Later, a mutiny took place on a Russian ship in the Mersey. The police having been warned of possible trouble had the ship under surveillance, and when shouts were heard that the crew were threatening to kill their officers, the ship was boarded and the crew were arrested. Shortly before the mutiny a police report confirmed that Litvinov had received the sailors very well.[14] Therefore, at best, Litvinov had failed to try to dissuade the sailors from carrying out the mutiny or condemn it, and at worst, encouraged it.[15]

Litvinov was also seeking interview with British, American, Australian and Canadian soldiers and inculcating them with Bolshevik ideas, as well as inducing British and American soldiers of Jewish descent to carry on propaganda in their regiments. There was an occasion in which thirty Royal Engineers, along with some American and Canadian soldiers, were received in Litvinov’s office. It was assumed that Litvinov was similarly encouraging them to state their grievances.[14]

In England, Litvinov met and in 1916 married Ivy Low, the daughter of a Jewish university professor.[16] Low's ancestors had emigrated from Hungary to England following the unsuccessful revolutions of 1848. Her father, Walter Low, was a prominent writer and a close friend of H.G. Wells.

Diplomat of the 1920s

Universal Newsreel about the visit of Soviet Foreign Minister Maxim Litvinov to the US (1933).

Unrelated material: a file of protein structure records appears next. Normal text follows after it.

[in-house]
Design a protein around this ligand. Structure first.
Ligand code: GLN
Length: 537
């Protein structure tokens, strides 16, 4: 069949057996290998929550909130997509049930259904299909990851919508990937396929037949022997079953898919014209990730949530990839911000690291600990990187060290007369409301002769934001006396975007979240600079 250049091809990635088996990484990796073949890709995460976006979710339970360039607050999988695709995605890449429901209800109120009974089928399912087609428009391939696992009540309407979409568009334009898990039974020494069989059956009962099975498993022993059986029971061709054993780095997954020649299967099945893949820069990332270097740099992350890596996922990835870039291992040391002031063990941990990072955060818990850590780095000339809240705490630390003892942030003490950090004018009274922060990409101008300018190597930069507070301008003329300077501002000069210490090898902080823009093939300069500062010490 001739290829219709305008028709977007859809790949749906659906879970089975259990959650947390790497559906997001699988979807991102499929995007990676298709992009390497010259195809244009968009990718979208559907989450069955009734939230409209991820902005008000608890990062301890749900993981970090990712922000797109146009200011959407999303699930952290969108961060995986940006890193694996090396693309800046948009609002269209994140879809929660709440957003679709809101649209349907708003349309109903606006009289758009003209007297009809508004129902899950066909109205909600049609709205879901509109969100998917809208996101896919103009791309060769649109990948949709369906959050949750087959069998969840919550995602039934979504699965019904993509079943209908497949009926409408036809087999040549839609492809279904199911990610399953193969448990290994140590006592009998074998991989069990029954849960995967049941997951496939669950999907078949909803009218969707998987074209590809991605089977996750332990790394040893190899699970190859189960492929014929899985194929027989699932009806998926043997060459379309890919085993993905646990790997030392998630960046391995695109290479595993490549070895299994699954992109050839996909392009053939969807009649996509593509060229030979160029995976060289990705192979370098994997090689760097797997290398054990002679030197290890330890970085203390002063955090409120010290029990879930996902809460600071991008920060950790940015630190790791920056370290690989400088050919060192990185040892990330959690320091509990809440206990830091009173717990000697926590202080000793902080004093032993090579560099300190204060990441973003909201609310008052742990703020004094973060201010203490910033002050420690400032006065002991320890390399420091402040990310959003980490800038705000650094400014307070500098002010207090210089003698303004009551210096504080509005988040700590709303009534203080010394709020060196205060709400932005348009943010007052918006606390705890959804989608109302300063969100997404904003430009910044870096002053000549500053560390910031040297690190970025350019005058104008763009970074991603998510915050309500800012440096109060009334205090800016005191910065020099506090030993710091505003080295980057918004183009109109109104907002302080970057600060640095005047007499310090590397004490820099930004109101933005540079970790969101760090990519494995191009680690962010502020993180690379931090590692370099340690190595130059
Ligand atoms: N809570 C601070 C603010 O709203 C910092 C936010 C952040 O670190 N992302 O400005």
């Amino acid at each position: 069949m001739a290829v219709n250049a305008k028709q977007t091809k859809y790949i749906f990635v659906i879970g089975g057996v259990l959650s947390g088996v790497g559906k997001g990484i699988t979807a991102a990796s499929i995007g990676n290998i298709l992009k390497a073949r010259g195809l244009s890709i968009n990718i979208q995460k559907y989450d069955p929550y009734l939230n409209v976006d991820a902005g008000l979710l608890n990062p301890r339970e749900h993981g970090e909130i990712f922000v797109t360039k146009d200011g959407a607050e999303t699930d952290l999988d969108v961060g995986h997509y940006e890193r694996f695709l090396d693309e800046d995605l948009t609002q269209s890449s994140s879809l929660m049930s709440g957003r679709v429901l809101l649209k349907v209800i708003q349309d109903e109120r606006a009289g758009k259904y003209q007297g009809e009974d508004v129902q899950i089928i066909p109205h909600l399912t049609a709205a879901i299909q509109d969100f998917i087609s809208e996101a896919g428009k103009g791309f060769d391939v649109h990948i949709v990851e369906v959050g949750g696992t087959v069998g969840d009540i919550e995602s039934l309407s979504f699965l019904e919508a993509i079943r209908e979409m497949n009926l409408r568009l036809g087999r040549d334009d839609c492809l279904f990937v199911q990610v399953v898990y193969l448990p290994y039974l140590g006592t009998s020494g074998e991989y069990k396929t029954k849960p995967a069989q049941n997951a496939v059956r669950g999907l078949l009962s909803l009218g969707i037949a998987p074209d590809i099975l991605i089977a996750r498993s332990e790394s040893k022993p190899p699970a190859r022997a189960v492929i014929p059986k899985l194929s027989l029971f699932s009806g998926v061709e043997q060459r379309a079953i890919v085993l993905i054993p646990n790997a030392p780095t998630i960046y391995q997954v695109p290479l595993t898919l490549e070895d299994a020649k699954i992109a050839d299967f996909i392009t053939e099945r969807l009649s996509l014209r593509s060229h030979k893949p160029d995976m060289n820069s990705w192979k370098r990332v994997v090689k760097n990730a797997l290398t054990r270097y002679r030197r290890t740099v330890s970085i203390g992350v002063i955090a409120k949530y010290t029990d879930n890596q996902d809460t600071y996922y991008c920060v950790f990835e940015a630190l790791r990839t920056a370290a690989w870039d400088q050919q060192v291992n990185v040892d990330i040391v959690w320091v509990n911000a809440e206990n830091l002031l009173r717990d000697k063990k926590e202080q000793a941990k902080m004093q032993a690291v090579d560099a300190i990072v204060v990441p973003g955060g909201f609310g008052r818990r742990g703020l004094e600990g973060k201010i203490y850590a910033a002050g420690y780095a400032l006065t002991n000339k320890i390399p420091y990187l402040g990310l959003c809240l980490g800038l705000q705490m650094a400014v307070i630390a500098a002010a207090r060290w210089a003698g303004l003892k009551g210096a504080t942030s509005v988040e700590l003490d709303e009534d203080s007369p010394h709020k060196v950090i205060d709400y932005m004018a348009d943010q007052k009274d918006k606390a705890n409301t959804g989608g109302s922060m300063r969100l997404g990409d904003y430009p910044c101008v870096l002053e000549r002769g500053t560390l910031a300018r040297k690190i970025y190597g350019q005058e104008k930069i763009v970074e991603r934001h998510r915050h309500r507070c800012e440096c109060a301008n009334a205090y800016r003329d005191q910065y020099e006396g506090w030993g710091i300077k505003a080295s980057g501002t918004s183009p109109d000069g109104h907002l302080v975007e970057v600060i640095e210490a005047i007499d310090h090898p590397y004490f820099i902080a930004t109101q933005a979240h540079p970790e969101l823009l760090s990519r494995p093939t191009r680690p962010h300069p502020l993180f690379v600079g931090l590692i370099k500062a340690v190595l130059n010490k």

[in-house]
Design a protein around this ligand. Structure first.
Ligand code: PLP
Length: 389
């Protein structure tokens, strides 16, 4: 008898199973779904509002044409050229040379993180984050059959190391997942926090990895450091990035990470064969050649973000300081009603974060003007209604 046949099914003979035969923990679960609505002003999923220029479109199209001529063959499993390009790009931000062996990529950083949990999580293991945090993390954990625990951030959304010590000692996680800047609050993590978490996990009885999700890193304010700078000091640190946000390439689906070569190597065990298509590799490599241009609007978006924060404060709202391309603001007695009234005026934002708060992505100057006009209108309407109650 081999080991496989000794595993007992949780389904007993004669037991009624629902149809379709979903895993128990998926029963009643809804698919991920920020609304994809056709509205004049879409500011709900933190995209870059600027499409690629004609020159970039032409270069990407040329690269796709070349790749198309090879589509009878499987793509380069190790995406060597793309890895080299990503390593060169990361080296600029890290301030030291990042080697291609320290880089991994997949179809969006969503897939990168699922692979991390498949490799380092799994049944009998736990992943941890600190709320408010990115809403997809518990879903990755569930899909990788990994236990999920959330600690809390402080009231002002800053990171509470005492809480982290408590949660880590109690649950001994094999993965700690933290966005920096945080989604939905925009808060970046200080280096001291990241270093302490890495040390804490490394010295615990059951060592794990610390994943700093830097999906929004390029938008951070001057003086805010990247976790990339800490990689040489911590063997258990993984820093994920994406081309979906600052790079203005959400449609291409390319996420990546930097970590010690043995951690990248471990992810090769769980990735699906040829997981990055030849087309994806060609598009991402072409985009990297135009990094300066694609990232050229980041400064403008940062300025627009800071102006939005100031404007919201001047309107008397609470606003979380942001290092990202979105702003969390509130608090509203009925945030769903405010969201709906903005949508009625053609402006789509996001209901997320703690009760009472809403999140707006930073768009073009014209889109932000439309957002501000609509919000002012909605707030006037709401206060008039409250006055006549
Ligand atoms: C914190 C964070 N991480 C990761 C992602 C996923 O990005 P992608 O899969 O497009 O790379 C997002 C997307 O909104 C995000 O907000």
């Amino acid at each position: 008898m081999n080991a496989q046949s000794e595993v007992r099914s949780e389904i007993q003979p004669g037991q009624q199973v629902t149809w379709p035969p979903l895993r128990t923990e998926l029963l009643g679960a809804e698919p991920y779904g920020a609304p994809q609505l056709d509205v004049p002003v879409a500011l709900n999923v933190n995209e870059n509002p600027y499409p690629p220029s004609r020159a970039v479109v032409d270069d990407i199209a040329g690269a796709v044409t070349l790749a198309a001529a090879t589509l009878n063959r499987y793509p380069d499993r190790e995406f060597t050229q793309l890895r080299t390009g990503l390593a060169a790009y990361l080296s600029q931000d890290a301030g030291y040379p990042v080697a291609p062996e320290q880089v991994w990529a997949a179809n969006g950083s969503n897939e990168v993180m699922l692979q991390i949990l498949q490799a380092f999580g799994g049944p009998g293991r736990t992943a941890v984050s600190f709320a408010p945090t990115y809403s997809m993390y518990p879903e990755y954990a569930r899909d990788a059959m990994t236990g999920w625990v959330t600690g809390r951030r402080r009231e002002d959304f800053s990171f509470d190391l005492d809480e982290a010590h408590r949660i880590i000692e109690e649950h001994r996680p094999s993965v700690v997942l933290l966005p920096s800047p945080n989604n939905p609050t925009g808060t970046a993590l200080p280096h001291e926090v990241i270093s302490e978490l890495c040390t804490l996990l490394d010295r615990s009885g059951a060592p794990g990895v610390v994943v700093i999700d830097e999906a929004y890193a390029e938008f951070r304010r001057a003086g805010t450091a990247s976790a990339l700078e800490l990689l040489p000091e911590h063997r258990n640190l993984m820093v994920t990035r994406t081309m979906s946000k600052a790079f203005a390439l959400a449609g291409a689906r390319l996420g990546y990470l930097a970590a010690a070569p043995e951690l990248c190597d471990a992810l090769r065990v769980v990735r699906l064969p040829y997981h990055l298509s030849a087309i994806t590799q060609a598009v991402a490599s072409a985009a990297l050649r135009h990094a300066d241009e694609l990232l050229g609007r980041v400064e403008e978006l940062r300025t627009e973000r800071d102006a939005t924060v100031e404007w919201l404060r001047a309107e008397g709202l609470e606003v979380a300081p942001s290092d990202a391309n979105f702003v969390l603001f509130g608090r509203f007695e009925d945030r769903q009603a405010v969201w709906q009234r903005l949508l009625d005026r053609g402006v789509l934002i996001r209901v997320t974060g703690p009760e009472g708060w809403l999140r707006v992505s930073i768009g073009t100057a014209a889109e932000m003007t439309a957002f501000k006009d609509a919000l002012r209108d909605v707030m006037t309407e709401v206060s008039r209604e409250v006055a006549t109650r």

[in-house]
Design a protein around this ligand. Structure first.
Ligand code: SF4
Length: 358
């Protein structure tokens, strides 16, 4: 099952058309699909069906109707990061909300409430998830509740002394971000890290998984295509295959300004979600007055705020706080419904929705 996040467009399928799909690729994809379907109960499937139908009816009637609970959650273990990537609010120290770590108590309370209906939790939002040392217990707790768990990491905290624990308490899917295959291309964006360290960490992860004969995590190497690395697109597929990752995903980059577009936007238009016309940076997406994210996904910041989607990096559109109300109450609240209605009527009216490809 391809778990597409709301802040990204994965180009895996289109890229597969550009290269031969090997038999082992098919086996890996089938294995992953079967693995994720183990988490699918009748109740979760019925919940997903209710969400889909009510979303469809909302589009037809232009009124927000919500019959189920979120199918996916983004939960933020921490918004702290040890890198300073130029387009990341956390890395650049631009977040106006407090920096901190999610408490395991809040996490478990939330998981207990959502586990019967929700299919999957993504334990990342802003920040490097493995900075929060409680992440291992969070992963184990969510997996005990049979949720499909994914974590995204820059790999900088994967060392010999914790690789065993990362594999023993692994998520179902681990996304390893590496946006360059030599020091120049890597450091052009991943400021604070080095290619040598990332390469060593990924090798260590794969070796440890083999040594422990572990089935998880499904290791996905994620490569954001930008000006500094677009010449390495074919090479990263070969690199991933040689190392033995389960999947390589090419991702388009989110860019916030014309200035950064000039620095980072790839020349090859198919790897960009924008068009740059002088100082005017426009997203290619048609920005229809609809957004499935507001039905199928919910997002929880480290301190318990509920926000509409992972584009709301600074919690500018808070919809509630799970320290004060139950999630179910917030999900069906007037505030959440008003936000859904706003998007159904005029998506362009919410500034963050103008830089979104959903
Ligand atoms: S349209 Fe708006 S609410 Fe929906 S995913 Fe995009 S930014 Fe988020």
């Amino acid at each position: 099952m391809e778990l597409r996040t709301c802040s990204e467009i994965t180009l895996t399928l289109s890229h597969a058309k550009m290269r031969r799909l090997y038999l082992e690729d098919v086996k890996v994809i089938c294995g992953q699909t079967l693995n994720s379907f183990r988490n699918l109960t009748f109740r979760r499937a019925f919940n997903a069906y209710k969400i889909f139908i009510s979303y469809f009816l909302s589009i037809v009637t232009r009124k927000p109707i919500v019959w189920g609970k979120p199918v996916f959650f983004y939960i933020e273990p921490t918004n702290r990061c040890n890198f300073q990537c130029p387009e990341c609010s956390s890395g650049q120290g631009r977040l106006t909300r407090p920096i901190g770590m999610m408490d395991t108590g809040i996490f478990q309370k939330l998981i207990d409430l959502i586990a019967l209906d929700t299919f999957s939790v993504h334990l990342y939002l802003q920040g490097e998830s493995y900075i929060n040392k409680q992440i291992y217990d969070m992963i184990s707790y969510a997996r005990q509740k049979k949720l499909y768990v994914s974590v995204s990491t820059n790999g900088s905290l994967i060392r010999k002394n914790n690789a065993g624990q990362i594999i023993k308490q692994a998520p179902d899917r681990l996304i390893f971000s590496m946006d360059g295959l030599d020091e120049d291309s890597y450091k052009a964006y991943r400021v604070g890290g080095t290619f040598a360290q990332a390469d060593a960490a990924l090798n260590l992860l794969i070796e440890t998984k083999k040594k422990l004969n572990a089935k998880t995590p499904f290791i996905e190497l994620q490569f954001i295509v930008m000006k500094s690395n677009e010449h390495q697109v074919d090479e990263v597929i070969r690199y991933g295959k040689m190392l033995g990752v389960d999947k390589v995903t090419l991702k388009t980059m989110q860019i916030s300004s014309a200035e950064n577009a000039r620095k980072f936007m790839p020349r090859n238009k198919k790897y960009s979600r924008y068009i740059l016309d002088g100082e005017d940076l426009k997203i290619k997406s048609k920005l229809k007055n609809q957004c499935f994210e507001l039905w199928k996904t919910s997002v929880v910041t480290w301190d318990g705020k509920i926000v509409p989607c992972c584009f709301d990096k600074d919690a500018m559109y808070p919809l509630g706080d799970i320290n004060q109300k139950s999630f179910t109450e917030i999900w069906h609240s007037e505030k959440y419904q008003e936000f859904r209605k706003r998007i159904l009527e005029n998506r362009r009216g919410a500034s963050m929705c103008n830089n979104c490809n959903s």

On the day after the October Revolution of 1917, Litvinov was appointed by the Council of People's Commissars (Sovnarkom) as the Soviet government's plenipotentiary representative in Great Britain.[16] His accreditation was never officially formalised, and his position as an unofficial diplomatic contact was analogous to that of Bruce Lockhart, Britain's unofficial agent in Soviet Russia.[17]

Litvinov was still allowed to speak freely even after the treaty of Brest-Litovsk between Germany and Russia which took Russia out of the war.[1]

In January 1918 Litvinov addressed the Labour Party Conference by praising the achievements of the Revolution:

The land has been given to the peasants. The factories are under the supervision of their shop steward committees. Superfluous apartments of the rich have been made available to provide shelter for the homeless. The banks have been nationalised, and in short,a nationalisation policy has been carried out in all the services of the community. The Army has been democratised and self-determination has been guaranteed to all nationalities of Russia.

He then appealed to the Conference with these words:

"The Russian worker has been fighting an unequal battle against the imperialists of all the world for democratic principles honestly applied. They have begun the proceedings for a general peace, but it is obvious they cannot finish it alone. I would say to the representatives of British Labour, ‘Speed up your peace.’"[18]

Kerensky, the Russian leader of the democratic Government that replaced the Tsar and was overthrown by Lenin, was welcomed by the British Government on a visit to London and addressed the Labour Party Conference by criticising the dictatorship of Lenin’s government: